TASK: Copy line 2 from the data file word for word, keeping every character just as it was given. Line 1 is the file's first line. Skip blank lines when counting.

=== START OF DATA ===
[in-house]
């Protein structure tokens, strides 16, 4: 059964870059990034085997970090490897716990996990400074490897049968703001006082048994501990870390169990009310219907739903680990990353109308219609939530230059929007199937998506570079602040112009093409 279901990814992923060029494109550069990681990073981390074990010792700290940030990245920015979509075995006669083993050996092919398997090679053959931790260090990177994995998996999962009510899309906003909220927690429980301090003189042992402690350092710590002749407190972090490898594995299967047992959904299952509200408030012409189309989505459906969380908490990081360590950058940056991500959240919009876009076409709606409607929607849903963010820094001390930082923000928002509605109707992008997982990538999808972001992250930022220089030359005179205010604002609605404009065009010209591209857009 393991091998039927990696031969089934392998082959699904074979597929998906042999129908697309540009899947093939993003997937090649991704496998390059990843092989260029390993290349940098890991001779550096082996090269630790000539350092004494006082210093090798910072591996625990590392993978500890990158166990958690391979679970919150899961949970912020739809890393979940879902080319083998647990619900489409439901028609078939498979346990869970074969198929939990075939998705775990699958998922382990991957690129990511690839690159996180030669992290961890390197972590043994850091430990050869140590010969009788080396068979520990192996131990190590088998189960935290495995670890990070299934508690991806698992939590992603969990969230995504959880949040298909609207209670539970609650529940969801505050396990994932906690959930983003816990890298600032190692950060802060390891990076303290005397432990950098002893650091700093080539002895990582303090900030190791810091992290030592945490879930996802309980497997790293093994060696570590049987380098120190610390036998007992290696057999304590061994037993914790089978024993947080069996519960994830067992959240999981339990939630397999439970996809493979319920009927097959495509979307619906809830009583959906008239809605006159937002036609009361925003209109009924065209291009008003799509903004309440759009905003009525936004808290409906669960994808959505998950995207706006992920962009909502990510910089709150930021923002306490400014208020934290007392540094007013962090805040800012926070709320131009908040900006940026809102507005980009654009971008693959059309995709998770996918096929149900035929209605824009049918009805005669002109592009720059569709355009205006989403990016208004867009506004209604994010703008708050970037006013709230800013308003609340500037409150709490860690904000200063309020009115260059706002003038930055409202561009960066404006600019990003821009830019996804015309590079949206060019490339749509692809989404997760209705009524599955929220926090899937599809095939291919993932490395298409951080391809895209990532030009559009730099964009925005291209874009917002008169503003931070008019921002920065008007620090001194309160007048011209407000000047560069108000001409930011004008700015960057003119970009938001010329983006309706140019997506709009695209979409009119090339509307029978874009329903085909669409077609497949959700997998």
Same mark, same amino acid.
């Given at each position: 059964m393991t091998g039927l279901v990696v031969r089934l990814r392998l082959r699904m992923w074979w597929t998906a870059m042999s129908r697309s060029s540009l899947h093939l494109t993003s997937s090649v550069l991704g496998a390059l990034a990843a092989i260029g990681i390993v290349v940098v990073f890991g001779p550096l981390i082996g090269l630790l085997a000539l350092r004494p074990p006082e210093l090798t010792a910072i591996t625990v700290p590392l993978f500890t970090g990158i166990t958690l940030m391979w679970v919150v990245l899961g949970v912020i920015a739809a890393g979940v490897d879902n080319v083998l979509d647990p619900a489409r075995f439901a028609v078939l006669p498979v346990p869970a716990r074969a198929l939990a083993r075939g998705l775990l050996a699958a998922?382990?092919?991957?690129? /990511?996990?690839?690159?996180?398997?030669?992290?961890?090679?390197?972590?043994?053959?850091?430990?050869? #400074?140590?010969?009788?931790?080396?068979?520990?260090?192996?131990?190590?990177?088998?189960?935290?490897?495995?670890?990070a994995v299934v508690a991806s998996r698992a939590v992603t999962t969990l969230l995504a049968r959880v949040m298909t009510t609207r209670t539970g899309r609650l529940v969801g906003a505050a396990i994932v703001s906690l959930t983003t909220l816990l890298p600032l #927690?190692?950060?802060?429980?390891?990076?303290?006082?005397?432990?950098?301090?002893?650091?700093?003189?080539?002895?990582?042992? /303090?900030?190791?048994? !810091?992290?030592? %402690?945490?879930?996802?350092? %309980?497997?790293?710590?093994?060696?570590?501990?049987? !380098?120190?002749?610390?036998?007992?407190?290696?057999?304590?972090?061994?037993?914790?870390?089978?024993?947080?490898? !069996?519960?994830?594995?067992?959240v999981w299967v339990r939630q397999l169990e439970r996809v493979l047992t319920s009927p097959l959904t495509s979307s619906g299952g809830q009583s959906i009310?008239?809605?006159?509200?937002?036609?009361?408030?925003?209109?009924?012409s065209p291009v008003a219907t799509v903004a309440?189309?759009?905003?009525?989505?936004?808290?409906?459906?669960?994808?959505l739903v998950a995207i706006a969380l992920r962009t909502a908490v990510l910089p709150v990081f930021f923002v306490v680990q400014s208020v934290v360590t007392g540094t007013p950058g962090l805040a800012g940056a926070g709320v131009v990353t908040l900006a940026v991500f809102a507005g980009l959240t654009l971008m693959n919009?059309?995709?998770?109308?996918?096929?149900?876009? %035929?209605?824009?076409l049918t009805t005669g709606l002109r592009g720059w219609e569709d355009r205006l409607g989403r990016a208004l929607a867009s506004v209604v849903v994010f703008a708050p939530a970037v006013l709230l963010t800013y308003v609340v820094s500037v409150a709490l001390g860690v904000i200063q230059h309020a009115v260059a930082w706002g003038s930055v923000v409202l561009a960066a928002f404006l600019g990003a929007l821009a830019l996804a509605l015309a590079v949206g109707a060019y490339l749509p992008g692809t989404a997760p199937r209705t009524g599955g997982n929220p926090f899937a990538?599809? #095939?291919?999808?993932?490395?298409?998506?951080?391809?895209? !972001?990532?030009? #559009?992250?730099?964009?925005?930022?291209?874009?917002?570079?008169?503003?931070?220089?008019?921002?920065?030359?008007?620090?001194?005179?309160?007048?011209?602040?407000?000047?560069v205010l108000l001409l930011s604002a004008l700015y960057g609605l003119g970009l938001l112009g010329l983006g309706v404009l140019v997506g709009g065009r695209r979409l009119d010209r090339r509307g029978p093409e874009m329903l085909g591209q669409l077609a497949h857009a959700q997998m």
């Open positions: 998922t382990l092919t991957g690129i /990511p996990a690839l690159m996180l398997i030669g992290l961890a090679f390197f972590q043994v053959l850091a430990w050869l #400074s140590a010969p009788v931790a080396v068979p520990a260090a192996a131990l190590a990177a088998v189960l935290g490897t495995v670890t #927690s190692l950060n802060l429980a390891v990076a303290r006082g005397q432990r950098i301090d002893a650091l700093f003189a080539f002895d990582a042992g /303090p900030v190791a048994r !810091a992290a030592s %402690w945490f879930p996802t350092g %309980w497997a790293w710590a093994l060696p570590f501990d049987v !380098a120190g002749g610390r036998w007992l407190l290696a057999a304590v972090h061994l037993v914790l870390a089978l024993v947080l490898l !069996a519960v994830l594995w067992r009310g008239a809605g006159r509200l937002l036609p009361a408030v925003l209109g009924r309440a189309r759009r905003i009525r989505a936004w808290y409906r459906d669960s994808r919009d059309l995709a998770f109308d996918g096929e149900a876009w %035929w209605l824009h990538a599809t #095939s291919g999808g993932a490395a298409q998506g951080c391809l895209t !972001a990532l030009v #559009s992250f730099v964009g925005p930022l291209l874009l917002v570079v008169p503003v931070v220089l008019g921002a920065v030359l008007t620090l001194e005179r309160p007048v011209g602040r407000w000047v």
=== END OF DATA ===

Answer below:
């Protein structure tokens, strides 16, 4: 059964870059990034085997970090490897716990996990400074490897049968703001006082048994501990870390169990009310219907739903680990990353109308219609939530230059929007199937998506570079602040112009093409 279901990814992923060029494109550069990681990073981390074990010792700290940030990245920015979509075995006669083993050996092919398997090679053959931790260090990177994995998996999962009510899309906003909220927690429980301090003189042992402690350092710590002749407190972090490898594995299967047992959904299952509200408030012409189309989505459906969380908490990081360590950058940056991500959240919009876009076409709606409607929607849903963010820094001390930082923000928002509605109707992008997982990538999808972001992250930022220089030359005179205010604002609605404009065009010209591209857009 393991091998039927990696031969089934392998082959699904074979597929998906042999129908697309540009899947093939993003997937090649991704496998390059990843092989260029390993290349940098890991001779550096082996090269630790000539350092004494006082210093090798910072591996625990590392993978500890990158166990958690391979679970919150899961949970912020739809890393979940879902080319083998647990619900489409439901028609078939498979346990869970074969198929939990075939998705775990699958998922382990991957690129990511690839690159996180030669992290961890390197972590043994850091430990050869140590010969009788080396068979520990192996131990190590088998189960935290495995670890990070299934508690991806698992939590992603969990969230995504959880949040298909609207209670539970609650529940969801505050396990994932906690959930983003816990890298600032190692950060802060390891990076303290005397432990950098002893650091700093080539002895990582303090900030190791810091992290030592945490879930996802309980497997790293093994060696570590049987380098120190610390036998007992290696057999304590061994037993914790089978024993947080069996519960994830067992959240999981339990939630397999439970996809493979319920009927097959495509979307619906809830009583959906008239809605006159937002036609009361925003209109009924065209291009008003799509903004309440759009905003009525936004808290409906669960994808959505998950995207706006992920962009909502990510910089709150930021923002306490400014208020934290007392540094007013962090805040800012926070709320131009908040900006940026809102507005980009654009971008693959059309995709998770996918096929149900035929209605824009049918009805005669002109592009720059569709355009205006989403990016208004867009506004209604994010703008708050970037006013709230800013308003609340500037409150709490860690904000200063309020009115260059706002003038930055409202561009960066404006600019990003821009830019996804015309590079949206060019490339749509692809989404997760209705009524599955929220926090899937599809095939291919993932490395298409951080391809895209990532030009559009730099964009925005291209874009917002008169503003931070008019921002920065008007620090001194309160007048011209407000000047560069108000001409930011004008700015960057003119970009938001010329983006309706140019997506709009695209979409009119090339509307029978874009329903085909669409077609497949959700997998």